I do have insurance and it’s a medicare supplemental insurance and it limits me to Louisiana or I would certainly go out of state. My biggest hope is that the tests to move forward with any kind of treatment were lost when my neurologists nurse retired and I should know this soon as I have an appointment with him in less than 2 weeks.

      If for any reason he doesn’t work out, then I am at a loss because I don’t know how to pick out a good neurologist but to go to the website of my insurance and pick a name. I also can’t afford to keep doing the same test over again just because one doctor doesn’t like the results another doctor did and would like to do it himself. I find that to be a bit of fraud to the system. When I give the results of my EMG tests it has the graphs and everything included and that is being put out I assume by a machine recording what the needle or when you get shocked is doing. So I don’t think the doctor doing that can lie about those results.

      I also don’t fell I have in anyway not followed the rules of etiquette except for my rambling that as I have explain have a hard and difficult time with.

      So I can also respond to GH because she said I had previously not asked a question so that is why I had not gotten a response, but if you look at the previous conversation she had asked what my symptoms were so i gave them and then there was no response.

      So I have given all the symptoms that I can think of and a question of how do you find a good neurologist besides just picking one off a list when you don’t know anybody to ask? And I had also posed a question in what questions should I be asking when I go back to this next visit.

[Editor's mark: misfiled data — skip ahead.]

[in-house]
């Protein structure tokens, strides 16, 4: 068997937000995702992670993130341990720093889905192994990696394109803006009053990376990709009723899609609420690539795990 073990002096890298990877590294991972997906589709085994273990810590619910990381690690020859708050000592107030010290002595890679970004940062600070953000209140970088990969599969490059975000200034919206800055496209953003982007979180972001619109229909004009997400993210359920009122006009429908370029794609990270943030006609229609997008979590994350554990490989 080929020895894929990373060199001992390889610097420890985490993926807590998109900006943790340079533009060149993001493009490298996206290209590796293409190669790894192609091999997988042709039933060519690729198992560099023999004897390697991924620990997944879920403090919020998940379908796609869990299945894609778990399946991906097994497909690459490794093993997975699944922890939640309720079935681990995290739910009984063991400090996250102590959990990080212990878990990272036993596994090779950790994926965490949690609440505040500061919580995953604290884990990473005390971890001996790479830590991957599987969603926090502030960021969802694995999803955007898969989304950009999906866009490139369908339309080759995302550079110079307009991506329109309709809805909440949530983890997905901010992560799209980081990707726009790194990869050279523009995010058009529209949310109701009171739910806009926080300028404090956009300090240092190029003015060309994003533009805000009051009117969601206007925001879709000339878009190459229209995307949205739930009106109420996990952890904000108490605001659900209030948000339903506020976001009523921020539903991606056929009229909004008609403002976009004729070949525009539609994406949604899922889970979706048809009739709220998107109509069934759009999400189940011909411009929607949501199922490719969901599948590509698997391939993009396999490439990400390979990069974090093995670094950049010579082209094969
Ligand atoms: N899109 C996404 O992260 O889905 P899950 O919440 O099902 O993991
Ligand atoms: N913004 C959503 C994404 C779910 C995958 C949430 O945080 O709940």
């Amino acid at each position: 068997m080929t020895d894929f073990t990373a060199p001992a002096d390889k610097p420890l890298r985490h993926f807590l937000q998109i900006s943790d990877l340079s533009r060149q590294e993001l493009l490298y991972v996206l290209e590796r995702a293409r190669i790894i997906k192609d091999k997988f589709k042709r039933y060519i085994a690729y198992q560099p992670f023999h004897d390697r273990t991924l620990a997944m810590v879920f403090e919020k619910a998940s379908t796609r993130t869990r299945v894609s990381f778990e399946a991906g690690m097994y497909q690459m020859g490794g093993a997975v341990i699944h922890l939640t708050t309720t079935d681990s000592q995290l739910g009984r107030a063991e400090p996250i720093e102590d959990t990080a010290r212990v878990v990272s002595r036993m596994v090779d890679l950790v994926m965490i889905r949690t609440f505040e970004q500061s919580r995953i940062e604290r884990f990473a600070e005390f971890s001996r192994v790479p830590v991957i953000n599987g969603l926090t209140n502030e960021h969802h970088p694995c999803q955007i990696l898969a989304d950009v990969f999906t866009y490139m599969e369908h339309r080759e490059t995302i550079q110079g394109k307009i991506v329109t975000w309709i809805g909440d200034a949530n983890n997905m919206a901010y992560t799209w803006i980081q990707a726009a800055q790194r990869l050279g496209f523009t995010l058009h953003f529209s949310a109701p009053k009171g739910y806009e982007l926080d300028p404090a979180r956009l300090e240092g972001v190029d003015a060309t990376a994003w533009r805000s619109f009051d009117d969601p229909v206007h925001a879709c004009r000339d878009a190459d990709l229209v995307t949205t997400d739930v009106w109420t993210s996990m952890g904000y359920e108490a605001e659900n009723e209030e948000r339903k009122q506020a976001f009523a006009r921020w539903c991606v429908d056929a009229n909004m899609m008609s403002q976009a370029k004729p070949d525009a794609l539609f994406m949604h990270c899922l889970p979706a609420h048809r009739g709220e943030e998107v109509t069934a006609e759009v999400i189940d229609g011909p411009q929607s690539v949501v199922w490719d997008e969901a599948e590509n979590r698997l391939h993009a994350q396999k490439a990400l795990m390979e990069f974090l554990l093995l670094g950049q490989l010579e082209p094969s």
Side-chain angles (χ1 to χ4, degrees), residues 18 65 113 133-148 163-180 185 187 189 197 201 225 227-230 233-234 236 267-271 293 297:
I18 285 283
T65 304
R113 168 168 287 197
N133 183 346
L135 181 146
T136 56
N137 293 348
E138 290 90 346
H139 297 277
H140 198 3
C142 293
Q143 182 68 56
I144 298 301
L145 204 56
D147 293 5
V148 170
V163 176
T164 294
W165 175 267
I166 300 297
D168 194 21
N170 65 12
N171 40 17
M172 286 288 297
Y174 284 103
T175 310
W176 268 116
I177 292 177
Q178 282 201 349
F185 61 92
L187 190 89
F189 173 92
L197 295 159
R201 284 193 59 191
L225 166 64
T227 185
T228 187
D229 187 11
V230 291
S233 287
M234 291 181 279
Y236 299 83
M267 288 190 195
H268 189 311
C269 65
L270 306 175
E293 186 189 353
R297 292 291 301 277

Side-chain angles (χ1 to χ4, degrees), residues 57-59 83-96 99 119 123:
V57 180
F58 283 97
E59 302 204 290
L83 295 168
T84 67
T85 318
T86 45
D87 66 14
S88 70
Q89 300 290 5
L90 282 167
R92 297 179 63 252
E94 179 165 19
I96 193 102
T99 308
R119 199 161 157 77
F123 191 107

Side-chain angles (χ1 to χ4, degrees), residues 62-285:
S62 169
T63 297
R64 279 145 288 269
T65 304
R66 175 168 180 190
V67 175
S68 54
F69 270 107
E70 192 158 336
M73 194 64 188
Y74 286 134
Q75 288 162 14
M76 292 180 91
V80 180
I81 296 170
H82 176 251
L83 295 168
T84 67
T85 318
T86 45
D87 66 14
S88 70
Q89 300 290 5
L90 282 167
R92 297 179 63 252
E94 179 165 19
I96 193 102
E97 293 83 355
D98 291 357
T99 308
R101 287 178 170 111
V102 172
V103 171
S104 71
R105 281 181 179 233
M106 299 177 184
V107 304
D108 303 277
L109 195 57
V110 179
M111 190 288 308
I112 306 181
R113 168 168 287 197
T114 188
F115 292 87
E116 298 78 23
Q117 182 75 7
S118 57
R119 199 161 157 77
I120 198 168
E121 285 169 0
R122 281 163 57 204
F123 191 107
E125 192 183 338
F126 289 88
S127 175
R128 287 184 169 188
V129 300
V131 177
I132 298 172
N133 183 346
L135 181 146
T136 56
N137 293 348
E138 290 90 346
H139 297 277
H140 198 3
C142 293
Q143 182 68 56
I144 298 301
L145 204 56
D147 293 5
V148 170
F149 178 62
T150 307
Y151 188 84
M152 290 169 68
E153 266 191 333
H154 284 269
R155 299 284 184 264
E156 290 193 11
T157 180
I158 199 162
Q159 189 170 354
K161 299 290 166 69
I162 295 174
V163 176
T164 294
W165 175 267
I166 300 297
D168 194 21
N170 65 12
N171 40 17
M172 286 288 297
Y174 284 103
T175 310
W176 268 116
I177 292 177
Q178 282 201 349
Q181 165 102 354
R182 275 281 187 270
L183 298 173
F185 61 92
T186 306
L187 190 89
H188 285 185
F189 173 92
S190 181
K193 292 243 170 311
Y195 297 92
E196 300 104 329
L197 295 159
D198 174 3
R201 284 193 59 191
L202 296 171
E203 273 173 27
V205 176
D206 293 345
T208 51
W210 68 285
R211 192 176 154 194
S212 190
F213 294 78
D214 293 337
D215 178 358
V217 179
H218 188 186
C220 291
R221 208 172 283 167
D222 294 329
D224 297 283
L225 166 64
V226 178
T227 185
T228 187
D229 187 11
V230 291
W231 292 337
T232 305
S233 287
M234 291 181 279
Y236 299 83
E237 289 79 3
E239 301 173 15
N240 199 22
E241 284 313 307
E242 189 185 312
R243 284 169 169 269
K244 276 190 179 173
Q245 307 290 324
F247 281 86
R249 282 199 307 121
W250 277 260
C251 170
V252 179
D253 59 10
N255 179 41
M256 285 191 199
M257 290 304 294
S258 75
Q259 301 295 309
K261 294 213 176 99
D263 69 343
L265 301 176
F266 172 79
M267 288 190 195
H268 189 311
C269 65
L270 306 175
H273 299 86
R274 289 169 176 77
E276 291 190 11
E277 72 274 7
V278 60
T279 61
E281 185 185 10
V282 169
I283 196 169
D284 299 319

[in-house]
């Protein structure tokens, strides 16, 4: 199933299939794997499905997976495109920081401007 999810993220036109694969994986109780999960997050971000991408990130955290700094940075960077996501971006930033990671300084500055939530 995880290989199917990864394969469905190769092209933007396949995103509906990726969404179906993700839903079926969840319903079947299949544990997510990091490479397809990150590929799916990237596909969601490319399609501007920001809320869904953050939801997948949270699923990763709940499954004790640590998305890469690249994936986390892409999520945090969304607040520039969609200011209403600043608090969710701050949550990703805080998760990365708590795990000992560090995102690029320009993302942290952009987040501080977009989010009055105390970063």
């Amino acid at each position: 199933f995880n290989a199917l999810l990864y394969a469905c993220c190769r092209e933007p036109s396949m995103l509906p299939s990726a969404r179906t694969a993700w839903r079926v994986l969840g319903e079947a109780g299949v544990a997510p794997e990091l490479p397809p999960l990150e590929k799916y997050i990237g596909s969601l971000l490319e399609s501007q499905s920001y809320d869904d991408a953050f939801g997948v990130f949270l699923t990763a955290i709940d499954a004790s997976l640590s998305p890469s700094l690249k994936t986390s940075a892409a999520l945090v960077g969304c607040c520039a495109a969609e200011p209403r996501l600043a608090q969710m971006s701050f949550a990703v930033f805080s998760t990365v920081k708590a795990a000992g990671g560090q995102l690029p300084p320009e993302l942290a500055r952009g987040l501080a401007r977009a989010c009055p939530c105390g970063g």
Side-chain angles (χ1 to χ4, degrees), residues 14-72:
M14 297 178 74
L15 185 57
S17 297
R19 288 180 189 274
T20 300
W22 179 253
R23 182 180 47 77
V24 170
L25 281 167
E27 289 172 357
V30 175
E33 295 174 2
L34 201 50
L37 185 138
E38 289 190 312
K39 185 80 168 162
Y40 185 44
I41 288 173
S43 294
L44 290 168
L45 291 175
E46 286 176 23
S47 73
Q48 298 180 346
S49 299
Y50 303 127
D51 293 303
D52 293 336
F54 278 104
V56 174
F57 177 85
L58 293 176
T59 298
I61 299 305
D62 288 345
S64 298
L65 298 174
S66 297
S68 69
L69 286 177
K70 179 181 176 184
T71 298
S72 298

And if this is true and I quote “There are only a few regular contributors to this site. I post only when I feel I have a useful contribution, not merely to chat.” Then there are not many people that are going to answer a post and I wouldn’t think so few people would be so concerned about etiquette and be more helpful in helping someone through the process and understanding what they are going through. They symptoms they are having etc.

    • January 22, 2014 at 9:14 pm

      Here is a story about a CIDP sufferer in your State and what doctors and hospitals might be a good choice:

      On another forum I read about a Neurologist, Dr. Leo deAlvare, at Lady of Lourdes Hospital in Lafayette, Louisiana who may have good CIDP experience.

      If you don’t feel like you are getting the help you need on this board, maybe you will find what you are looking for here:

    • GH
      January 23, 2014 at 12:25 am

      Kirkly, finding the right neurologist can be difficult — I don’t think there is any easy answer except to keep looking, if you want a new one. But didn’t you write that you already have a diagnosis of CIDP from a consulting neurologist? If that’s the case, then you should be receiving treatment of some sort for it, even without the spinal fluid test. Early treatment generally leads to better results. Is the holdup in getting treatment from your primary neurologist or from the insurance company?

    • Anonymous
      February 19, 2014 at 10:25 pm

      I wish I knew what to say. The only drug I have found to help is MMJ. But it is illegal in many states. I myself have AMSAN GB